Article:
I woke this morning in Riddle, OR to a partly-cloudy 34-degree sky, but warming rapidly, and the sun broke through the clouds at 9:00am. The previous day southern Oregon was inundated with mixes of cold fog, freezing rain, and snow in the higher elevations. I was beginning to wonder if I would make it out of Oregon as I had planned. Again, I lucked out. I left Randy and Shannon's place to a relatively comfortable 41 degrees, and headed south towards the Siskiyou Mountain Summit unknowing of what I would encounter when I arrived. Again, lucky. I crossed the Siskiyou Mountain Summit at roughly 12-noon to a very chilly 29-degrees, but dry roads over the 4,300 foot mountain pass.
I crossed the mountain pass and dropped down into Weed, California to a chilly and very windy 41-degrees. Unlike my past Winter trips, I decided to invest in heated motorcycle clothing for this trip. Wonderful! I should have done this years ago. Regardless, I stayed relatively warm, comfortable, and hugely enjoying the passing Winter landscape.
After a brief stop in Redding, CA, and getting hit on by a group of pensioning widowers during a coffee stop, I blasted southward on Interstate 5 towards Sacramento, CA, my first wayward stop on my trek southward to Los Angeles and an extended visit with my brother Matt and his wife Colleen.
I finally rolled into my hotel in Sacremento, CA late in the evening after my GPS system got somewhat creative in my routing and unnecessarily routed me from I-5 through downtown Sacramento and to my hotel, when my hotel was located immediately off of Hwy. 50, ( ask my about when my GPS system nearly got my thrown in jail in San Francisco last year). Needless to say, I found the hotel, hunkered down for the evening, and prepared for my ride into Los Angeles tomorrow. Stay tuned to this bat-channel for more GPS blunders...
Keeping up with tradition in most of my long rides... I departed Beaverton, Oregon at 8:00am on Wednesday morning, Feb. 11th, to an overcast, cold, foggy morning riding in 38-degree temperatures. As expected, I got stuck riding at a crawl trying to escape the rush hour Portland traffic I had participated in for the past year or so while commuting between Beaverton, OR and Vancouver, WA for work. I always hated that commute, but this morning I was somewhat envious of those 9 to 5 stiffs going to their mundane jobs. Could be something about a regular paycheck.
I pushed through the crawling traffic on Interstate 5 just south of Tualatin, OR, and opened the bike up to 70mph, a cruising speed I hoped to maintain throughout this whole trip. The weather cooperated until I crossed through Salem, OR, where I encountered a perpetual light drizzle. The drizzle was tolerable, but enough to soak the outsides of my riding suit enough where I could feel the cold fabric against my skin, even under the layer of Gore-Tex protecting me from the wetness.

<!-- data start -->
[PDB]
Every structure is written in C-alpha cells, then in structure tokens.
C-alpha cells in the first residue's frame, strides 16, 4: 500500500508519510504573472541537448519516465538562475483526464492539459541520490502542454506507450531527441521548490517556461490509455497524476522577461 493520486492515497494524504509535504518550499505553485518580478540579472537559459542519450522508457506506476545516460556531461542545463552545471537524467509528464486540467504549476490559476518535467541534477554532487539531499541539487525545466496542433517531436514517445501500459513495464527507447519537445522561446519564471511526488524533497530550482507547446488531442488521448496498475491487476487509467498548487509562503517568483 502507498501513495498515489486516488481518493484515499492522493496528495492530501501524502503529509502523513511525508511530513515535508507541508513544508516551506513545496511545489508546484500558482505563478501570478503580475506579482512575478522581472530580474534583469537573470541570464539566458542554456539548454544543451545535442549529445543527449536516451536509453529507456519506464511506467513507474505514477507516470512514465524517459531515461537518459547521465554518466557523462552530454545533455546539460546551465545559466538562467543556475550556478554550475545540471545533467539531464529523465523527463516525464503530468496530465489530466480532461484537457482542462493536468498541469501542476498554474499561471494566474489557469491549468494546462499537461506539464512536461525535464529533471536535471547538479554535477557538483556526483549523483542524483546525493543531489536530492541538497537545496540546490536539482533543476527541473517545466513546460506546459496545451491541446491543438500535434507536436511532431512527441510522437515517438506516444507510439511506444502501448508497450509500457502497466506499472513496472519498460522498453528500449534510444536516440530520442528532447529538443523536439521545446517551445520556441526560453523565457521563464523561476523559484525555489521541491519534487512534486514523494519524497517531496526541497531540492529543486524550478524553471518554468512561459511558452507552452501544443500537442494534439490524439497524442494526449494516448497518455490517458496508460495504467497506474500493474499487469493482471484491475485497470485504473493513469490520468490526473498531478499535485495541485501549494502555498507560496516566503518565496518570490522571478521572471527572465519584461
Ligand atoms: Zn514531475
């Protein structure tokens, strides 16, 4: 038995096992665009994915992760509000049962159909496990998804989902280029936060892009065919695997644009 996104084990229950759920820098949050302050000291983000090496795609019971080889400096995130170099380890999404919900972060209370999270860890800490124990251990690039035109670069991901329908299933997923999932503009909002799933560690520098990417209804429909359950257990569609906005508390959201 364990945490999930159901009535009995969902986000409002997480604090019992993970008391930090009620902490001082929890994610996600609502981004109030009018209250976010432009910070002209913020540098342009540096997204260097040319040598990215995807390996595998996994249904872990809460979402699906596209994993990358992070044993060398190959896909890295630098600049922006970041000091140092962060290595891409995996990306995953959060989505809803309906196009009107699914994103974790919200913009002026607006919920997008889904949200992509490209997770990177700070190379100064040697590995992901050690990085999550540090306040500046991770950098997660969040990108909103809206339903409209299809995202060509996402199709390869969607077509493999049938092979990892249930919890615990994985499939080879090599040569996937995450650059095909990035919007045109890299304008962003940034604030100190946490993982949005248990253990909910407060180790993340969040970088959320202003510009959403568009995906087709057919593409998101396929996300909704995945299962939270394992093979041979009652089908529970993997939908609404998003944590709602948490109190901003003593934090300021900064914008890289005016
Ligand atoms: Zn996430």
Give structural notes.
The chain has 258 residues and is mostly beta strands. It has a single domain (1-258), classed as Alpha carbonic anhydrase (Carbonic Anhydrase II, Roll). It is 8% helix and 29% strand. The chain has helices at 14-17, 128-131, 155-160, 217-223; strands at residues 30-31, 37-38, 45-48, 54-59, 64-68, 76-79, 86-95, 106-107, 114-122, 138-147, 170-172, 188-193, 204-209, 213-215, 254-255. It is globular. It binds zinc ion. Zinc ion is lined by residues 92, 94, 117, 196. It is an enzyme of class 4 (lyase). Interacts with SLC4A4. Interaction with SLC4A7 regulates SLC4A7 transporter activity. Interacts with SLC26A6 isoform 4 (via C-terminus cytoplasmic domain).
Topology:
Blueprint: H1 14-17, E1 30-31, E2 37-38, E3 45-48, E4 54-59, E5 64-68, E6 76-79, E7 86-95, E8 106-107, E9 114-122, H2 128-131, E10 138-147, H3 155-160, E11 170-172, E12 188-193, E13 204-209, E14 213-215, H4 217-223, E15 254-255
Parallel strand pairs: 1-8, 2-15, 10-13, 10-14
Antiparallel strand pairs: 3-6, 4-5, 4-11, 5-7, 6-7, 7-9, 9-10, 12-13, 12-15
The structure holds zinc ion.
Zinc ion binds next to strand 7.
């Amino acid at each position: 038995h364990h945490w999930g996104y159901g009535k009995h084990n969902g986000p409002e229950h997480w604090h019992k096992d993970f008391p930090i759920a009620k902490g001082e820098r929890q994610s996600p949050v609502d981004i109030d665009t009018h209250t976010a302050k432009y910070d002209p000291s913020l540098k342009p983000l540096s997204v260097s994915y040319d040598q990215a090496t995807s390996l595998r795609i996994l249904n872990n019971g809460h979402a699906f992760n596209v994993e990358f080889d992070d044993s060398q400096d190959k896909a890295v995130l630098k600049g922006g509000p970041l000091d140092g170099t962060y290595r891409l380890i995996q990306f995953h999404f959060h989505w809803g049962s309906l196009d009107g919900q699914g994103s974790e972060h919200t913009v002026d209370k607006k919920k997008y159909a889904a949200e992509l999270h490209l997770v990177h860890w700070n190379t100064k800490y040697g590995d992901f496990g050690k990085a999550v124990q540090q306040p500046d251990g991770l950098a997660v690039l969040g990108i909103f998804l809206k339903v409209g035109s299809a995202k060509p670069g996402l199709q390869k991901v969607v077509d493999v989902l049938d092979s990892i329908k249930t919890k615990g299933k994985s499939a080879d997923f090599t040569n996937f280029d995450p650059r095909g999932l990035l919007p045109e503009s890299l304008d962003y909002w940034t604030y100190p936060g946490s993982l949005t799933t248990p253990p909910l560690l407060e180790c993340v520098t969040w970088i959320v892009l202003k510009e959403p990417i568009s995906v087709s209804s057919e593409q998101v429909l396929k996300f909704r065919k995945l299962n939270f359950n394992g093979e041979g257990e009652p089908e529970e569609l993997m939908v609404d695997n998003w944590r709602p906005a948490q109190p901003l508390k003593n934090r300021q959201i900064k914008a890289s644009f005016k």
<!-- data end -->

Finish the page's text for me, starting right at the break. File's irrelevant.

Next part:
I pushed southward and was rewarded by cloud breaks and sunshine passing through Eugene, OR. The temperature warmed up to the high 40's, and I blissfully cruised towards Riddle, OR and the home of my old mountain-climbing buddy, Randy Bohm and his lovely wife Shannon.
Randy is a kindred spirit, a diesel mechanic and welder by trade, also unemployed over the past 5 months from an 11-year job, but recently employed again. Randy is the perpetual optimist. Life's been tough for both of us at times, but Randy always had the strength to see the positive opportunities in adverse situations. In many ways, I've always tried to approach life's little surprises with the 'Randy Bohm' way of thinking. I highly doubt neither Randy nor I will ever die of stress-related illnesses following this simple recipe. I highly recommend it.
Although I only met Shannon a year ago, I liked her immediately. She's a big-city transplantee who recognized a long time ago that shedding the big-city life style for the simpler things in life in much more rewarding, both physically and mentally. Shannon is generous, caring, and very sensitive to the needs of people around her. Yet another good role model for me to improve my social skills with friends and neighbors. And the cherry on top is that she's an incredible cook. Her spaghetti sauce in wonderful, and she make the best Crepe-Suzette I have ever tasted! Yes, I'm going back for breakfast on my return trip home.
Monday, February 9, 2009
In the fashion of the Joad family in the Steinbeck novel Grapes of Wrath, I'm loading up my motorcycle again for a 5k-mile journey through California, Arizona, New Mexico, and Texas armed with a stack of resumes to search for job opportunities along my route through the Sun Belt states.
My trip also serves a second purpose. I will get to visit family members I haven't seen in 30 years, and rekindle family ties long overdue. As usual with my past motorcycle trips, I will post my observations along the route here. And no, sorry, you won't see any photos of Granny in her rocking chair roped to the top of my bike, but I will try to include lots of scenery pictures as the ride evolves.